ELECTRONICS: Bulletin 871TS inductive proximity sensors were designed to withstand high pressure washdown applications in the food and beverage industry. These sensors also offer a high resistance to corrosion caused by cleansing and exposure to disinfecting agents.The switch body consists of a PPS (FDA Certified) plastic face and threaded stainless steel 316L barrel. These switches meet NEMA 1, 2, 3, 3R, 4, 4X, 6, 6P, 12, 13 and IP67, IP68 and IP69K enclosure standards.
Features include: four-wire operation (complementary normally open and normallly closed outputs); gold-plated 4-pin micro quickdisconnect; 10-30V dc; standard and extended sensing range versions, IP67, IP68 and IP69K enclosure ratings; stainless-steel 316L barrel; FDA Certified, PPS sensing face; extended temperature rating (-40 to 80C (-40 to 176F)); short circuit, false pulse, reverse polarity, overload and transient noise protection; and cULus Listed and CE Marked for all applicable directives.
Truchard will be presented the award at the 2014 Golden Mousetrap Awards ceremony during the co-located events Pacific Design & Manufacturing, MD&M West, WestPack, PLASTEC West, Electronics West, ATX West, and AeroCon.
Robots that walk have come a long way from simple barebones walking machines or pairs of legs without an upper body and head. Much of the research these days focuses on making more humanoid robots. But they are not all created equal.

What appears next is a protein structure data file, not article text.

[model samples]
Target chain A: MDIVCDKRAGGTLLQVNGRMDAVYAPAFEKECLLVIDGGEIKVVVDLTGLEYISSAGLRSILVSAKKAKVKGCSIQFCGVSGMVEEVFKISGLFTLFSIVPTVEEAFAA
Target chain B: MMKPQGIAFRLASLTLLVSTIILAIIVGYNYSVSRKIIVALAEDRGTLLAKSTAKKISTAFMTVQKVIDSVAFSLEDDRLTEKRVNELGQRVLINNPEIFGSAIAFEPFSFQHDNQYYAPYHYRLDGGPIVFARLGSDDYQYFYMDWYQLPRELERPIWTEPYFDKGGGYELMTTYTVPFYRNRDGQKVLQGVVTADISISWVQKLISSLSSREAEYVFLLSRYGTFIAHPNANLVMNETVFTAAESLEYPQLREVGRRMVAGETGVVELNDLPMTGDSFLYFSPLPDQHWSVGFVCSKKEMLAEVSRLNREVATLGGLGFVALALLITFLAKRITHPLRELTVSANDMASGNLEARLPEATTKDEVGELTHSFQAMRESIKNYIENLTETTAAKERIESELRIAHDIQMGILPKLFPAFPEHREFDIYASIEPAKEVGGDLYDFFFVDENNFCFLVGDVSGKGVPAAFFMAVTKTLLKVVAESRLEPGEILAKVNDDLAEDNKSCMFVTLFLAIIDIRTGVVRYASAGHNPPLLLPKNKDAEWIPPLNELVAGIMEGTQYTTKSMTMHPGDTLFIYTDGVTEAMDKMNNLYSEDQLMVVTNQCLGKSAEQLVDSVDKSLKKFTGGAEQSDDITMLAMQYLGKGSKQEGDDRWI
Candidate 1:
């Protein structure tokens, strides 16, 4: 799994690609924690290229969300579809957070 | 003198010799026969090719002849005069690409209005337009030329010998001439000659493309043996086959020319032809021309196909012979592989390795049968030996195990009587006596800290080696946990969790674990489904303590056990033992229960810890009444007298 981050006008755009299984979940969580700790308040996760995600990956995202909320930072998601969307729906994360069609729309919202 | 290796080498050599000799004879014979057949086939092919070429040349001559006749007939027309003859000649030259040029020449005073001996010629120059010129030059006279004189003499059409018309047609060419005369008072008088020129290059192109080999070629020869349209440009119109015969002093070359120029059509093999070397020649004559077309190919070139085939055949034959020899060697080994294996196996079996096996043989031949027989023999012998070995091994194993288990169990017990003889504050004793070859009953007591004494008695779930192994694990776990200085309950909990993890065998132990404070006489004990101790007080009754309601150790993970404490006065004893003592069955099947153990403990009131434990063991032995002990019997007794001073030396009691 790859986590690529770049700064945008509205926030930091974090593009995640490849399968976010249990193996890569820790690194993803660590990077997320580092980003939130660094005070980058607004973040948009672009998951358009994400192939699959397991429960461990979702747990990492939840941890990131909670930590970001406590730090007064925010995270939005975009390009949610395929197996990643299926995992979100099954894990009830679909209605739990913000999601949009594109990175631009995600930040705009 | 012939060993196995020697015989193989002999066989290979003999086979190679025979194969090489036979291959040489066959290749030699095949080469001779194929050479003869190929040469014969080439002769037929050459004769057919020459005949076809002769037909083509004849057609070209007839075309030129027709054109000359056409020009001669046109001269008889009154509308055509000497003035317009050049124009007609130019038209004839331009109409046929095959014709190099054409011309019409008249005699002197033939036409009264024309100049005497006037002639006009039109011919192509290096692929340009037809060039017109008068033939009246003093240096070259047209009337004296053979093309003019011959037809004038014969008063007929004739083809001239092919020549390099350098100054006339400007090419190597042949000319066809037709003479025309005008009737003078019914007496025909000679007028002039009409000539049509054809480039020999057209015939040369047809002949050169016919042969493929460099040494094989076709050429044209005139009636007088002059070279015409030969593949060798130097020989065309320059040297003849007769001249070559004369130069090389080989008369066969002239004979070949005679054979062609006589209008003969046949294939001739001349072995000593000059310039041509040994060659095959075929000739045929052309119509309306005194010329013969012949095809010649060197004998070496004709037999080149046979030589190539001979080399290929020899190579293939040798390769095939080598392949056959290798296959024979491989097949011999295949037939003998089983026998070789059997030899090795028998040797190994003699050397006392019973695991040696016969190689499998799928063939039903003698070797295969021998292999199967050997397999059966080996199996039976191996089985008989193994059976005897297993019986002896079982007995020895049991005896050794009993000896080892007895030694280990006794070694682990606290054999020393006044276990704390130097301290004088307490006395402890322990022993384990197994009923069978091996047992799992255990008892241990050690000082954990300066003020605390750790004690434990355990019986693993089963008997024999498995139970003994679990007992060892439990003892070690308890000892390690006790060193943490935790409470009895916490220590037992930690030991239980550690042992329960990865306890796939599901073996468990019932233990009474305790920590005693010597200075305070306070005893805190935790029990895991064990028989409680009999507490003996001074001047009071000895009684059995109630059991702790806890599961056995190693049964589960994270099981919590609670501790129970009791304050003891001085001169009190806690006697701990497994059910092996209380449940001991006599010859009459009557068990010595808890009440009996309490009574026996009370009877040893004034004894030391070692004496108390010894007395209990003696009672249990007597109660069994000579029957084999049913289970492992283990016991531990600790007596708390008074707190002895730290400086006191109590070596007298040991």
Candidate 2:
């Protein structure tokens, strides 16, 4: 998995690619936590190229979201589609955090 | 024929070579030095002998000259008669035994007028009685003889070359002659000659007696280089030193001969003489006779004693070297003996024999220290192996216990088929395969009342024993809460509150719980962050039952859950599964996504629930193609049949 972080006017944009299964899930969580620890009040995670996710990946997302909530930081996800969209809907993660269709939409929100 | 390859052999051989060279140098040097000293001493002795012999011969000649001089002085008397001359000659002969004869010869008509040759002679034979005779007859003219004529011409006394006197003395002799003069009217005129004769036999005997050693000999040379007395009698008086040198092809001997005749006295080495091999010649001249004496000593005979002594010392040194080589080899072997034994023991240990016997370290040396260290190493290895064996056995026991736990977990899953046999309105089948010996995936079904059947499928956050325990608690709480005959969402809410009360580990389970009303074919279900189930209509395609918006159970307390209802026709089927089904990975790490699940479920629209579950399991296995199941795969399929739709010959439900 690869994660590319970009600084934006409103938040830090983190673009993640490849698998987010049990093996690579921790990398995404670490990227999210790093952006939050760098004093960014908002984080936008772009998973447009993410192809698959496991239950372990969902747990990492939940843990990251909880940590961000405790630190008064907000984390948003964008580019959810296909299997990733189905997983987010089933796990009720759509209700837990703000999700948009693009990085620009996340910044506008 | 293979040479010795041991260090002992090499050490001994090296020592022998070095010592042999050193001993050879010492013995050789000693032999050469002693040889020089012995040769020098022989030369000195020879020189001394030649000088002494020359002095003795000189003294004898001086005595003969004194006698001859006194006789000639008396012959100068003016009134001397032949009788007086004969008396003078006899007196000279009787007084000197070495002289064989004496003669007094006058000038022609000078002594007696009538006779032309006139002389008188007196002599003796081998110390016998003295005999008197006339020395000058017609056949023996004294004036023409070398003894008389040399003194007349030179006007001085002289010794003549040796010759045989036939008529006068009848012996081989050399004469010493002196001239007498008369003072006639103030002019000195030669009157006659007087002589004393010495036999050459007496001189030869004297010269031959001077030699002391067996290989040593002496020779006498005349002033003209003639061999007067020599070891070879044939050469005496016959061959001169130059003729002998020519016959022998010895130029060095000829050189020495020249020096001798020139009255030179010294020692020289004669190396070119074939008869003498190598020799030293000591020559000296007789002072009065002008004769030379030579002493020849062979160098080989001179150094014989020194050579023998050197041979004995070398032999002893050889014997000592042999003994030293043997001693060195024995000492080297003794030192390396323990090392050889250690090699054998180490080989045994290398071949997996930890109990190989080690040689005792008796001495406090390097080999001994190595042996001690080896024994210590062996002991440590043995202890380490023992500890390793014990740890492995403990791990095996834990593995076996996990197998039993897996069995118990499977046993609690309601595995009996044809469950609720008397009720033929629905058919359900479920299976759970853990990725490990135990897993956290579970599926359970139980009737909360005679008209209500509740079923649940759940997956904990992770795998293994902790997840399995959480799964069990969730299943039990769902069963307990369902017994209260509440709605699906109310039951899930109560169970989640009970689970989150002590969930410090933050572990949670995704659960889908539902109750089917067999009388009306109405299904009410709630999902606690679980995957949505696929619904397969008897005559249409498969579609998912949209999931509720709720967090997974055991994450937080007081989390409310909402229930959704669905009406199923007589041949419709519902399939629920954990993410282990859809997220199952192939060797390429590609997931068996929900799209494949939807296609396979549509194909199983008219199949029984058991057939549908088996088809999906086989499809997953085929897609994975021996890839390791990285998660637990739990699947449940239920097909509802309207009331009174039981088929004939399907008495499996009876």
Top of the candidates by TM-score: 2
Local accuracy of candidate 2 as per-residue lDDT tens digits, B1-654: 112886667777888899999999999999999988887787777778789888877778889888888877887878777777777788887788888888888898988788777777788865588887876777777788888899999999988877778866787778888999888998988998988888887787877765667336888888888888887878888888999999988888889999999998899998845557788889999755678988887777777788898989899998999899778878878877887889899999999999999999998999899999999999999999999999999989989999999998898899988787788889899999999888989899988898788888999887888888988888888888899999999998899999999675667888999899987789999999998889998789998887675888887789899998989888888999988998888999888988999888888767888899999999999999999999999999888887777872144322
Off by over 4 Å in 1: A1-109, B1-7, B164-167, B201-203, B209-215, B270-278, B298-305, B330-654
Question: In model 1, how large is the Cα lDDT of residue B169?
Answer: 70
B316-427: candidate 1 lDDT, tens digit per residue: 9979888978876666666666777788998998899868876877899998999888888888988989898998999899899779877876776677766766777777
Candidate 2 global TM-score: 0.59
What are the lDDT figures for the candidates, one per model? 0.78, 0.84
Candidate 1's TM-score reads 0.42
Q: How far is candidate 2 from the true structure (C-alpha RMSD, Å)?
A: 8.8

The IEEE Computer Society has named the top 10 trends for 2014. You can expect the convergence of cloud computing and mobile devices, advances in health care data and devices, as well as privacy issues in social media to make the headlines. And 3D printing came out of nowhere to make a big splash.
For industrial control applications, or even a simple assembly line, that machine can go almost 24/7 without a break. But what happens when the task is a little more complex? That’s where the “smart” machine would come in. The smart machine is one that has some simple (or complex in some cases) processing capability to be able to adapt to changing conditions. Such machines are suited for a host of applications, including automotive, aerospace, defense, medical, computers and electronics, telecommunications, consumer goods, and so on. This discussion will examine what’s possible with smart machines, and what tradeoffs need to be made to implement such a solution.